House VA committee passes host of reforms including cannabis research, Choice funding

Matt Saintsing
May 08, 2018 - 1:37 pm

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Federal lawmakers advanced a bundle of reforms including providing caregiver stipends to families of injured vets, increasing veterans’ access to private medical care and pushing the VA to research medical marijuana, in a burst of votes before the House Veterans’ Affairs Committee, Tuesday.

The major reforms are the latest steps for veterans on a few contentious issues as leadership at the Department of Veterans Affairs remains vacant and a bit uncertain.

Nevertheless, the House committee advanced a few important bills out of committee that will now head to the House floor for a vote.

The VA Mission Act

Touted as an overhaul plan to VA’s community care access and passed the committee by a 20-2 vote, it represents a major step forward in an ongoing debate regarding the VA Choice program, which provides $5.2 billion in funding.

Major veterans groups, the VA, and White House have all voiced their support.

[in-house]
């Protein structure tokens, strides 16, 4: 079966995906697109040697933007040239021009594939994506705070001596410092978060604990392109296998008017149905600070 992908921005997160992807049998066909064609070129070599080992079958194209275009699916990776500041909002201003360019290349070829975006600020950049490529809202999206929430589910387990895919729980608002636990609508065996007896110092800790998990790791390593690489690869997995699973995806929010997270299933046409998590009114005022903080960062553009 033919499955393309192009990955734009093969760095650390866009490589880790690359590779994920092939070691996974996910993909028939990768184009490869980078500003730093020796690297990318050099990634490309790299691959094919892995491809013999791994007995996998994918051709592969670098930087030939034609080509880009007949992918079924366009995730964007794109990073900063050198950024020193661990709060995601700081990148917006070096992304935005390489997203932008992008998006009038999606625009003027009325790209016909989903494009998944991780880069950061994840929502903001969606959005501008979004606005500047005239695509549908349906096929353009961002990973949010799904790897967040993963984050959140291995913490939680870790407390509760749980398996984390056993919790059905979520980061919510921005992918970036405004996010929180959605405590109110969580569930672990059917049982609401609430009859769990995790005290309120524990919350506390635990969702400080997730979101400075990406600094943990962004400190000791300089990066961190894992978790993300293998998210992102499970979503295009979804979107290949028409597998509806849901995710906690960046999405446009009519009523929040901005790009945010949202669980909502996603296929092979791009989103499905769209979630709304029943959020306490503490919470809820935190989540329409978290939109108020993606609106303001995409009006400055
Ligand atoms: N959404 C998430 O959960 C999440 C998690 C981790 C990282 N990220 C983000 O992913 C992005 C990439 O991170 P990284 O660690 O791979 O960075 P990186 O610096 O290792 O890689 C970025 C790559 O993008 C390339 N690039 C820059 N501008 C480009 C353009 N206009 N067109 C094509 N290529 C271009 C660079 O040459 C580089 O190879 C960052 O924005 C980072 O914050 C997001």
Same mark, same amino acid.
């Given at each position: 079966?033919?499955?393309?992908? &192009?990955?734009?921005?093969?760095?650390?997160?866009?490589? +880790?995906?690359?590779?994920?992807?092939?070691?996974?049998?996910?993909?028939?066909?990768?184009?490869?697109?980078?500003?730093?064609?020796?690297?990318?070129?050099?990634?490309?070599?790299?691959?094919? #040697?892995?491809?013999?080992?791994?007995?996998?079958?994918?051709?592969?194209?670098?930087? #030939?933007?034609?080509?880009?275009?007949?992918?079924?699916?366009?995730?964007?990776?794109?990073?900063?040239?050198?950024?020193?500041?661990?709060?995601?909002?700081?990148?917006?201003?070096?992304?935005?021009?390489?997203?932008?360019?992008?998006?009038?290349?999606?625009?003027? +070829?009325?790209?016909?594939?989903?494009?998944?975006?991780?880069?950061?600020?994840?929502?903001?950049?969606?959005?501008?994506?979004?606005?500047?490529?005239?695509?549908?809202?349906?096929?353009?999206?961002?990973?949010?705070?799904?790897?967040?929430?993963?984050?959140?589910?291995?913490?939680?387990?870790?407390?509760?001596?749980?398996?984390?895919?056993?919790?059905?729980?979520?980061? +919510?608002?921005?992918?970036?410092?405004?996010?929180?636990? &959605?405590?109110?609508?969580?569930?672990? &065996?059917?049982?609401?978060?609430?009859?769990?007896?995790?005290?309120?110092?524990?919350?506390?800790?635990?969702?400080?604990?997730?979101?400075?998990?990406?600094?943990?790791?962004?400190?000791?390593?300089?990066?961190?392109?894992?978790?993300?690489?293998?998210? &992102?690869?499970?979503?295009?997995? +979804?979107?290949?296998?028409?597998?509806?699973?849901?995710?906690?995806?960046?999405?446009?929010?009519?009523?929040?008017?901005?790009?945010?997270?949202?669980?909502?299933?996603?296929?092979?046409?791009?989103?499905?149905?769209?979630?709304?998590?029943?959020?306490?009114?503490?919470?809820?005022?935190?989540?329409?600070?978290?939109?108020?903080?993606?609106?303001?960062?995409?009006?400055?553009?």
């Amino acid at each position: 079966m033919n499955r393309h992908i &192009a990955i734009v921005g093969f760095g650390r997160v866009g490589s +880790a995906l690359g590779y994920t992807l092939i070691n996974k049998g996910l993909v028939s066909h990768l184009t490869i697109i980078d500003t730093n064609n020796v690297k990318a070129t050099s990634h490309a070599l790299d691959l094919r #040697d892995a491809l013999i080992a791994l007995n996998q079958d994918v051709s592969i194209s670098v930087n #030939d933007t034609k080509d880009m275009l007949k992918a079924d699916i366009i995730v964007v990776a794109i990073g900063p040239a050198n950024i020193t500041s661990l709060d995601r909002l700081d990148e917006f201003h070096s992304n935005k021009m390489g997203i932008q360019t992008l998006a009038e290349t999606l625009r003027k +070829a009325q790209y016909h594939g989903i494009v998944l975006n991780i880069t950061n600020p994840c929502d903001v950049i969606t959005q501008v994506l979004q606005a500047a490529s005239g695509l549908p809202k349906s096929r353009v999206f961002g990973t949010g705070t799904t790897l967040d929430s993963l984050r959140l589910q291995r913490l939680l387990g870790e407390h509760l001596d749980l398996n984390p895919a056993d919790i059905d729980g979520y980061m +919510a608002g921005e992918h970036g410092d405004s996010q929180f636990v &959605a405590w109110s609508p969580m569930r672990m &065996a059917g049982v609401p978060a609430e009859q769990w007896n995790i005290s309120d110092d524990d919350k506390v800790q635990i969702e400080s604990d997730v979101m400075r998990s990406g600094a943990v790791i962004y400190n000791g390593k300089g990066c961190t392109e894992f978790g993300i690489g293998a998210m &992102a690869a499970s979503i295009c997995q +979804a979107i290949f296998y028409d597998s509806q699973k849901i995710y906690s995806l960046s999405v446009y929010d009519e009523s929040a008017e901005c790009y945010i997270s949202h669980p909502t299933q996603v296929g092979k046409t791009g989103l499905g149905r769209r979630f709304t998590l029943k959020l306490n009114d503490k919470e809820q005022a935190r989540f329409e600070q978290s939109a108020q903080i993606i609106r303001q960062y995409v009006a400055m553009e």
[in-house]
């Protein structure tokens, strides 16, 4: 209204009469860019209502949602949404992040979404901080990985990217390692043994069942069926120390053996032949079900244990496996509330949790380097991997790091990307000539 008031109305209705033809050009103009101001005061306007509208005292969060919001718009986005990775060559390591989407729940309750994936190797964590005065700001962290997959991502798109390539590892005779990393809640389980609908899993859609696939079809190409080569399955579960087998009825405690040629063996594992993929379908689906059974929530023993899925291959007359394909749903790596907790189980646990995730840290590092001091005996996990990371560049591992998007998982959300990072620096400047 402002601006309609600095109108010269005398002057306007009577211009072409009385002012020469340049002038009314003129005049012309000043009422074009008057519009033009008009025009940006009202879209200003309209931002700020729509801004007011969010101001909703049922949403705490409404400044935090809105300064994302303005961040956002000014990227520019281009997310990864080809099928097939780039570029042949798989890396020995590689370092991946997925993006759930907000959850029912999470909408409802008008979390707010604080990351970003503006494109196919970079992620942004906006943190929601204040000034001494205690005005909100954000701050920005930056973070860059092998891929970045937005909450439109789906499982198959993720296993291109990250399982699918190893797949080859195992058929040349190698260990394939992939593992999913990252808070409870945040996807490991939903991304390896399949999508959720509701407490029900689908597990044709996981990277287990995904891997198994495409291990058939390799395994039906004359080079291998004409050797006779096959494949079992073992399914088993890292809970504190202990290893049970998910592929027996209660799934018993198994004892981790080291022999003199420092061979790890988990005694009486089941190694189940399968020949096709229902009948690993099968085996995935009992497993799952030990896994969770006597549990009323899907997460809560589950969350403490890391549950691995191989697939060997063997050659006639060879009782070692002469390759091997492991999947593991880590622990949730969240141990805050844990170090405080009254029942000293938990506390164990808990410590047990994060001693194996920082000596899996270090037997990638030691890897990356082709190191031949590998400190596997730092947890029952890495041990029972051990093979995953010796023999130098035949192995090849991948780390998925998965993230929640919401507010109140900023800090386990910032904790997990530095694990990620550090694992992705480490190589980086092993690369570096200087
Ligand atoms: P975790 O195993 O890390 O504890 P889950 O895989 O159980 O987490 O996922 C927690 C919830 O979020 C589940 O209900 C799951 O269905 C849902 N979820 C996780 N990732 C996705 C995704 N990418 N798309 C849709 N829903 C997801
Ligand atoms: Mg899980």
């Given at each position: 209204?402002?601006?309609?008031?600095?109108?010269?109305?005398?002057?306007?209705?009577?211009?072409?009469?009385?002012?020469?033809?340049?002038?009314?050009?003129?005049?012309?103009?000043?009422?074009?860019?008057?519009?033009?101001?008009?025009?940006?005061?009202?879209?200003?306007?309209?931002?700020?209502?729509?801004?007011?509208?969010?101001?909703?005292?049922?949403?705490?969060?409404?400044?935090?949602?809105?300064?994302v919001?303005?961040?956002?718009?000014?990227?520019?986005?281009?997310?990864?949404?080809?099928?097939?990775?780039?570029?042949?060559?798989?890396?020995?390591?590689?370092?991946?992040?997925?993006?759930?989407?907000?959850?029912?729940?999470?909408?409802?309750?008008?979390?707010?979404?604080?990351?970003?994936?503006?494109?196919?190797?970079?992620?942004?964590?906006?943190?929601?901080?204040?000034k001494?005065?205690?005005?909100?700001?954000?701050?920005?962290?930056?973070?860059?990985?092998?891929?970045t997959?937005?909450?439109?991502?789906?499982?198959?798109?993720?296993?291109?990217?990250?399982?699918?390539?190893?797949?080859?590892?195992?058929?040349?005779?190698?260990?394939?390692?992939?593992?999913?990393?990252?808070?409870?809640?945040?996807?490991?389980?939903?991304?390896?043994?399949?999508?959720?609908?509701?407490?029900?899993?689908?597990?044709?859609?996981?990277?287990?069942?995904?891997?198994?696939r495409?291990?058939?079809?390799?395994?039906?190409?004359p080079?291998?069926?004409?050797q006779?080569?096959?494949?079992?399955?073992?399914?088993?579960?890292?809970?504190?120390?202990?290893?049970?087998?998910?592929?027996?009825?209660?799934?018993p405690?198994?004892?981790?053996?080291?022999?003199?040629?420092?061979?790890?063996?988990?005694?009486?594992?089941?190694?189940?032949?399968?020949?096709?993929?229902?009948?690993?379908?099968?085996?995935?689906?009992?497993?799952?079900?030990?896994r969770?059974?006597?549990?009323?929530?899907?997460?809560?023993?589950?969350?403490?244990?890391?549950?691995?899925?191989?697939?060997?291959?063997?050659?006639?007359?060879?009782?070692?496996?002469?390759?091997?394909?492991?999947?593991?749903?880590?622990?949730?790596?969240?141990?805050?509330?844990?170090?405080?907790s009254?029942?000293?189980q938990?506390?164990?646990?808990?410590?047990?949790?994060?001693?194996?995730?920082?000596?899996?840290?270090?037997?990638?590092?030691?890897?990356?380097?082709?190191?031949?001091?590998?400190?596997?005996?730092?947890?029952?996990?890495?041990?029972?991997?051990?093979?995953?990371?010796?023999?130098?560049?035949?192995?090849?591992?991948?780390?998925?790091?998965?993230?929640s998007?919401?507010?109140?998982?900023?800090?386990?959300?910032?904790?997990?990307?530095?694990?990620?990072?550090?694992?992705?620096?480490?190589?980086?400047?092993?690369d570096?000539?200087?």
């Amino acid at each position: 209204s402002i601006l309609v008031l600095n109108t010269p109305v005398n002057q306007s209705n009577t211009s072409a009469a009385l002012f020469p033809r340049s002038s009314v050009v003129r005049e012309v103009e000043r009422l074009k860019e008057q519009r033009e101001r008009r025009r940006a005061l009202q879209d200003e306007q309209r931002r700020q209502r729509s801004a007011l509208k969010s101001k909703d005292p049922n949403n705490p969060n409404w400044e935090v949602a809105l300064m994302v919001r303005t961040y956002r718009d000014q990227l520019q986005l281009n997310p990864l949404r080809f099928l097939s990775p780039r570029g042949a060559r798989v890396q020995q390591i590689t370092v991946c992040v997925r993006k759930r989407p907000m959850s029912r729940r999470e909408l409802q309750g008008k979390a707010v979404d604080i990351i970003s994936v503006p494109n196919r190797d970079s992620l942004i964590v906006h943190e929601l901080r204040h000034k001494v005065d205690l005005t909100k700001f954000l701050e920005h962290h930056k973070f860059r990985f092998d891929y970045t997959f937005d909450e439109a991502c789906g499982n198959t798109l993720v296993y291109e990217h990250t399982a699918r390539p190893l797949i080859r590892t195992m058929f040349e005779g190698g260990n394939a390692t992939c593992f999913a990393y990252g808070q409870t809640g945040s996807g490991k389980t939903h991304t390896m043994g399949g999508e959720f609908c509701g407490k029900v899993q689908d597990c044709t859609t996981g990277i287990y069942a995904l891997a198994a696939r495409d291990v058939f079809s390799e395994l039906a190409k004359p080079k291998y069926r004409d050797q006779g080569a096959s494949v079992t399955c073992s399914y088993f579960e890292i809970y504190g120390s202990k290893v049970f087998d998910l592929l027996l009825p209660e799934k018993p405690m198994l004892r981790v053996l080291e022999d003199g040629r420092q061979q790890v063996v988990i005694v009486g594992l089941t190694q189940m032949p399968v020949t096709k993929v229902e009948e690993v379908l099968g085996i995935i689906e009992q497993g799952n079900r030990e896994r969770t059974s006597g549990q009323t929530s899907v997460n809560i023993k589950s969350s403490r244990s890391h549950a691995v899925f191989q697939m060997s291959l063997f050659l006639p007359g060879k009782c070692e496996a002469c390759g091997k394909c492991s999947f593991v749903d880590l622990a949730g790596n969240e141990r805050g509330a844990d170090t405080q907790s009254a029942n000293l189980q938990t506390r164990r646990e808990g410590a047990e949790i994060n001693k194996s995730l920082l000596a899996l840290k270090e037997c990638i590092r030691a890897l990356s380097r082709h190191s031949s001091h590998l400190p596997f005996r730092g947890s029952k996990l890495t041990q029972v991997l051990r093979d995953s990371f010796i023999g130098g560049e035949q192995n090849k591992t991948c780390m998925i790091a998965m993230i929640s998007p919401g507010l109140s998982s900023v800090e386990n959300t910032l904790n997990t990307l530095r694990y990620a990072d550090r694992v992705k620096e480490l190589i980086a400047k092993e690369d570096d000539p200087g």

"This is a transformational, once-in-a-lifetime opportunity to reform VA, and I am so proud of the strong support this bill received in today’s markup," said Rep. Phil Roe (R-Tenn.), the committee's chairman. "President Trump has called on Congress to pass this bill before Memorial Day, and today’s vote gets us one step closer to the president’s desk."

“Blue Water” Navy Vietnam Veterans

Unanimously passed by the committee, this bill would expand benefits to nearly 90,000 veterans who served aboard ships in the waters, bays and harbors of Vietnam during the war, but have been unable to prove their exposure to Agent Orange. Troops stationed inland are presumed to have been exposed to the chemical agent and this measure would bring that status in line with Blue Water Navy vets.

Medical Weed

Another bill that passed through the committee with unanimous support would clarify the VA’s authority to research marijuana as a potential treatment for a litany of service-connected ailments that plague suffering veterans. The legislation would also require the VA to submit reports on their research for the next five years.

"The VA Medicinal Cannabis Research Act answers the call made by over 92% of veterans by authorizing the Department of Veterans Affairs to advance scientific and medical research into the safety and efficacy of medicinal cannabis usage by veterans with diagnoses such as post-traumatic stress disorder (PTSD) and chronic pain," said Rep. Tim Walz (D-Minn.), the committee's ranking member. 

In recent years, the VA has long cited the federal classification of marijuana as a schedule 1 drug as a reason why the agency couldn’t investigate the medical benefits of cannabis. This bill would make that excuse obsolete.

Programs for Women vets

The fastest growing veteran demographic would receive additional programs from the VA, including annual reports on how the department conducts gender-specific medical care.